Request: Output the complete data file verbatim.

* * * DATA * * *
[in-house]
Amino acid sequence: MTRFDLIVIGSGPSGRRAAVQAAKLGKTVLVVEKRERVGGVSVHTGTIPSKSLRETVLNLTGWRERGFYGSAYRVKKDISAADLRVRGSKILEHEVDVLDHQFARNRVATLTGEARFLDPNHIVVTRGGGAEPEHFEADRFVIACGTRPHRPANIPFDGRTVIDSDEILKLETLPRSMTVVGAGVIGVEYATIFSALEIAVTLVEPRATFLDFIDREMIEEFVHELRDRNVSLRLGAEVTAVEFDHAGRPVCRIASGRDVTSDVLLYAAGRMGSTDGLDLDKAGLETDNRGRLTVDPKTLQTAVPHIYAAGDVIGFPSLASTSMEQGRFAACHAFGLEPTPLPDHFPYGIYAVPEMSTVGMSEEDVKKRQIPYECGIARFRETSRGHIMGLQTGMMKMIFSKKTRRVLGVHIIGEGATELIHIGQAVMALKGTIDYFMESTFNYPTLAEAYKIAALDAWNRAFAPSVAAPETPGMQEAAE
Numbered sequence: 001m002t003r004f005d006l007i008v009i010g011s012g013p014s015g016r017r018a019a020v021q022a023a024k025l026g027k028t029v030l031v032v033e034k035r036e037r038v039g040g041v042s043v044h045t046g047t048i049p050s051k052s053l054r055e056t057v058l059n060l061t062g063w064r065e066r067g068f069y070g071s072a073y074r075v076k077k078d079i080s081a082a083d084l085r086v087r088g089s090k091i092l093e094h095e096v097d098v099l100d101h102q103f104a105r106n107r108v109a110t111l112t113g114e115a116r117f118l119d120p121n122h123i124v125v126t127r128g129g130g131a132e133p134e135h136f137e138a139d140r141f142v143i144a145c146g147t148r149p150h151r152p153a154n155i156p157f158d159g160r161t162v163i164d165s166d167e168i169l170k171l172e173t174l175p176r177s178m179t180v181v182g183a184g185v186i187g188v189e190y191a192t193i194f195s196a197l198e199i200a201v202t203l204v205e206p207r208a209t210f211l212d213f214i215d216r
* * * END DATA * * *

[in-house]
Amino acid sequence: MTRFDLIVIGSGPSGRRAAVQAAKLGKTVLVVEKRERVGGVSVHTGTIPSKSLRETVLNLTGWRERGFYGSAYRVKKDISAADLRVRGSKILEHEVDVLDHQFARNRVATLTGEARFLDPNHIVVTRGGGAEPEHFEADRFVIACGTRPHRPANIPFDGRTVIDSDEILKLETLPRSMTVVGAGVIGVEYATIFSALEIAVTLVEPRATFLDFIDREMIEEFVHELRDRNVSLRLGAEVTAVEFDHAGRPVCRIASGRDVTSDVLLYAAGRMGSTDGLDLDKAGLETDNRGRLTVDPKTLQTAVPHIYAAGDVIGFPSLASTSMEQGRFAACHAFGLEPTPLPDHFPYGIYAVPEMSTVGMSEEDVKKRQIPYECGIARFRETSRGHIMGLQTGMMKMIFSKKTRRVLGVHIIGEGATELIHIGQAVMALKGTIDYFMESTFNYPTLAEAYKIAALDAWNRAFAPSVAAPETPGMQEAAE
Numbered sequence: 001m002t003r004f005d006l007i008v009i010g011s012g013p014s015g016r017r018a019a020v021q022a023a024k025l026g027k028t029v030l031v032v033e034k035r036e037r038v039g040g041v042s043v044h045t046g047t048i049p050s051k052s053l054r055e056t057v058l059n060l061t062g063w064r065e066r067g068f069y070g071s072a073y074r075v076k077k078d079i080s081a082a083d084l085r086v087r088g089s090k091i092l093e094h095e096v097d098v099l100d101h102q103f104a105r106n107r108v109a110t111l112t113g114e115a116r117f118l119d120p121n122h123i124v125v126t127r128g129g130g131a132e133p134e135h136f137e138a139d140r141f142v143i144a145c146g147t148r149p150h151r152p153a154n155i156p157f158d159g160r161t162v163i164d165s166d167e168i169l170k171l172e173t174l175p176r177s178m179t180v181v182g183a184g185v186i187g188v189e190y191a192t193i194f195s196a197l198e199i200a201v202t203l204v205e206p207r208a209t210f211l212d213f214i215d216r